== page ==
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06-17-2014, 07:39 PM   #1
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How to remove green cast

I'm not sure if this is the right place for this.
I bought a piece of #10 welding glass in lieu of a Big Stopper ND filter
I knew there would be a color cast when I used it, but I am having a real hard time removing it in lightroom
Any thoughts would be appreciated. I have attached a test photo.

Thank You.

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06-17-2014, 07:45 PM   #2
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Opposite of green is red :-) That is a bit more than a "cast", however, so add a lot of red...I'm not sure it is salvageable.
06-17-2014, 07:49 PM   #3
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Moved to correct forum. General technical troubleshooting is not about photo editing, digital processing is, though.
06-17-2014, 07:51 PM   #4
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I don't think there's much you can do to save this image other than to convert it to a B&W, since all the color channels have been tainted with green. Here's the best I could do by toying with the green channel:

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06-17-2014, 09:07 PM   #5
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I was able to get a bit farther with it in Photoshop, but it required extreme adjustments- no way you would get decent results. I could have improved it a bit more by adjusting curves for individual colours, but even that would be nasty- looking. A proper ND filter would cost a lot less than Photoshop, I think.



---------- Post added 06-17-2014 at 09:42 PM ----------

Later: Here it is with the red curve tweaked a bit. The green looks somewhat oversaturated when displayed in my browser, but I'm not going to bother with it.


Last edited by John Poirier; 06-17-2014 at 09:46 PM.
06-17-2014, 10:07 PM   #6
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Thanks for the quick replies! For the six dollars and change it cost me it was worth a try.
06-17-2014, 10:20 PM   #7
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QuoteOriginally posted by Shredder Quote
Thanks for the quick replies! For the six dollars and change it cost me it was worth a try.
I'm sure you could come up with some nice B&W shots--it's not a total loss.
06-17-2014, 10:50 PM   #8
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I don't know why you have such a green cast from welding glass? Welding glass is often suggested on various videos as a alternative to a big stopper.
Perhaps it's that particular brand of glass? Why not take your camera to the vendors shop and test there?
As a matter if interest when you look at the sun through it does it look green?
I have used welding helmet glass for that and it was not green, however I have also used very dark green lenses in goggles used when using a oxy- acetylene cutting torch , perhaps you got sold the wrong thing?


Last edited by adwb; 06-17-2014 at 10:55 PM.
06-17-2014, 10:52 PM - 1 Like   #9
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You can get a somewhat more natural result with the hue/saturation tools in PS if you adjust each channel separately.

Last edited by DeepThrob; 01-28-2015 at 08:56 PM.
06-18-2014, 04:03 AM   #10
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QuoteOriginally posted by Shredder Quote
I'm not sure if this is the right place for this.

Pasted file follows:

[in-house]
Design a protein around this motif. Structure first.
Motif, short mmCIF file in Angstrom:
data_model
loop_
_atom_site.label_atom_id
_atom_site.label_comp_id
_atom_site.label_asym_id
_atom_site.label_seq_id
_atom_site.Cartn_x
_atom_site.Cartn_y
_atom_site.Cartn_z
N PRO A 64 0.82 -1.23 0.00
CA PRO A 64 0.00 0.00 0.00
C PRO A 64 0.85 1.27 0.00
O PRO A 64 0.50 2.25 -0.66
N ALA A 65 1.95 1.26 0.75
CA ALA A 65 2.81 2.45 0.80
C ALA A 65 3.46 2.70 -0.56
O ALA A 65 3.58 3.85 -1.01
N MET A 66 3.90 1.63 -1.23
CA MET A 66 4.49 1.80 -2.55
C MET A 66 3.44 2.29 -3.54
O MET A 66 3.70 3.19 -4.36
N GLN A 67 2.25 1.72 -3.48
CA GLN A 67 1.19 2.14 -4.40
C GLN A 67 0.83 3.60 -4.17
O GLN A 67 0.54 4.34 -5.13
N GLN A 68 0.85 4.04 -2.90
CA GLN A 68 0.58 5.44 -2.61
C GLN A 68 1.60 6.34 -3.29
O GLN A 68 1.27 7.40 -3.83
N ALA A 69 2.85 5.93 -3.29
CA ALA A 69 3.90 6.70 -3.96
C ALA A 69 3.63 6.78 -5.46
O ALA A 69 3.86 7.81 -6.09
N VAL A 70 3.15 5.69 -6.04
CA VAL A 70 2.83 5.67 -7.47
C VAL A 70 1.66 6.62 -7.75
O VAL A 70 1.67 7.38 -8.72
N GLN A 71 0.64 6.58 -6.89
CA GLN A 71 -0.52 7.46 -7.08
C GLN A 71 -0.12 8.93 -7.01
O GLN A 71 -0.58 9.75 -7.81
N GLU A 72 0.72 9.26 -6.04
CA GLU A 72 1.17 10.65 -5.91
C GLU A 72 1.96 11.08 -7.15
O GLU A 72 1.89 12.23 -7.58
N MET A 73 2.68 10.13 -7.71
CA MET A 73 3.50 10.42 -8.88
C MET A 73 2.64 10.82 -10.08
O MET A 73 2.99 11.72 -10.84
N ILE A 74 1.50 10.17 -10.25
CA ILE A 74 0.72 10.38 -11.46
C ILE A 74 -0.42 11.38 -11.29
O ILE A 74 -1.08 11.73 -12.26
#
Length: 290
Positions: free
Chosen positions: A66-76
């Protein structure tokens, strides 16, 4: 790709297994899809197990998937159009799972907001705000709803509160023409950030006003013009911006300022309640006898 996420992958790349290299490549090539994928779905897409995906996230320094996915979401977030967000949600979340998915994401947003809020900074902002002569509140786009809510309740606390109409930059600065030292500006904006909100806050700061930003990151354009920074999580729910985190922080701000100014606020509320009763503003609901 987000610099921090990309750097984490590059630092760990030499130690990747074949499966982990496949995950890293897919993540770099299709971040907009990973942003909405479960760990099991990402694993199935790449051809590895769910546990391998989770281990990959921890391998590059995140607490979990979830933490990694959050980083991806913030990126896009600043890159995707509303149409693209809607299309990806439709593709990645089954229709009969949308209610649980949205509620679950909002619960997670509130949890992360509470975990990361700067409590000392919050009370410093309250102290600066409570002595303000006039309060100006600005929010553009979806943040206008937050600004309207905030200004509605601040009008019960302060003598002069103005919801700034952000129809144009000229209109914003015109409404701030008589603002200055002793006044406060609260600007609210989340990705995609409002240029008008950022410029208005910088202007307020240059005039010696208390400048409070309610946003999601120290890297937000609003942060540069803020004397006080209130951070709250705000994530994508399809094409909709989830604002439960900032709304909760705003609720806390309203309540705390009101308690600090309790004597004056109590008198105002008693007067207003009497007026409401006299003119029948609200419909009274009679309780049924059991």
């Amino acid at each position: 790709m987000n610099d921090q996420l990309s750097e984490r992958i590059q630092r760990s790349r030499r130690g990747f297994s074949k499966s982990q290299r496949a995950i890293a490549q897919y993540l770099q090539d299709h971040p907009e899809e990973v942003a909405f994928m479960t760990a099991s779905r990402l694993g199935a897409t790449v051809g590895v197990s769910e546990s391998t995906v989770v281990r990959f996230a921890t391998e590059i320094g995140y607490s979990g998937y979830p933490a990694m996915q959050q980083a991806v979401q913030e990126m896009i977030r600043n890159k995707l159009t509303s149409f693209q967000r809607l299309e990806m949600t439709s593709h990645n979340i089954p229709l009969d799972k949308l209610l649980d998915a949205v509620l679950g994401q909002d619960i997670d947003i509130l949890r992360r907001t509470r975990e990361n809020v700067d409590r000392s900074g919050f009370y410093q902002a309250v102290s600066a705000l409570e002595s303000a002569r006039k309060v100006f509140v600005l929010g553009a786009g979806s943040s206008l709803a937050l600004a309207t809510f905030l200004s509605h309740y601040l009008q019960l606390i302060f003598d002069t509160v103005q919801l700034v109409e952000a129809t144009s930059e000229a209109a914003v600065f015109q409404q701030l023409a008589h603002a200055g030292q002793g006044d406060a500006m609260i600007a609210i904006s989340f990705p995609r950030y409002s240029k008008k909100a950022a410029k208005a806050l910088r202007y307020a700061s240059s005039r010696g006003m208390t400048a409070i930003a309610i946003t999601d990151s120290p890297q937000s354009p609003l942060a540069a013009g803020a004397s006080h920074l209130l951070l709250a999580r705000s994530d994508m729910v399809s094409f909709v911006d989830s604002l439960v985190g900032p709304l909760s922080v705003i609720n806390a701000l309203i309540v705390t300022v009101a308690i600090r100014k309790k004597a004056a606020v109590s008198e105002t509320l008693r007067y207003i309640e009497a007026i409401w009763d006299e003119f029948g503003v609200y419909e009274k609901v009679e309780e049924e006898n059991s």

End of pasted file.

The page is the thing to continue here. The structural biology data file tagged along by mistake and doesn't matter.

I bought a piece of #10 welding glass in lieu of a Big Stopper ND filter
I knew there would be a color cast when I used it, but I am having a real hard time removing it in lightroom
Have you tried using the custom white balance on your camera before shooting?

Tim
06-18-2014, 05:48 AM   #11
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Would cwb work with a piece of glass that dark?
06-18-2014, 07:02 AM   #12
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Has any one tried remove color cast in Nik Color efex to see if that would help
06-18-2014, 11:17 AM   #13
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QuoteOriginally posted by atupdate Quote
Have you tried using the custom white balance on your camera before shooting?

Tim
Yes, I tried, and the camera said unable to complete operation, or words to that effect.
I also tried taking a shot of a white piece of paper and doing custom WB in LR, but that merely made the shot a slightly less green.

---------- Post added 06-18-14 at 02:18 PM ----------

QuoteOriginally posted by adwb Quote
I don't know why you have such a green cast from welding glass? Welding glass is often suggested on various videos as a alternative to a big stopper.
Perhaps it's that particular brand of glass? Why not take your camera to the vendors shop and test there?
As a matter if interest when you look at the sun through it does it look green?

Yes, it is green when you look through it.

---------- Post added 06-18-14 at 02:20 PM ----------

QuoteOriginally posted by DeepThrob Quote
You can get a somewhat more natural result with the hue/saturation tools in PS if you adjust each channel separately.
That actually looks pretty good. Can you give me a little more detail on the adjustments you made if you don't mind?
06-18-2014, 12:28 PM   #14
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The information is there tp be pulled so it depends what you see as original colour and how much saturation and pop you want, this is a few quick tweaks

Last edited by Imageman; 07-18-2014 at 08:26 PM.
06-18-2014, 02:02 PM   #15
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QuoteOriginally posted by DeepThrob Quote
You can get a somewhat more natural result with the hue/saturation tools in PS if you adjust each channel separately.

Not bad.
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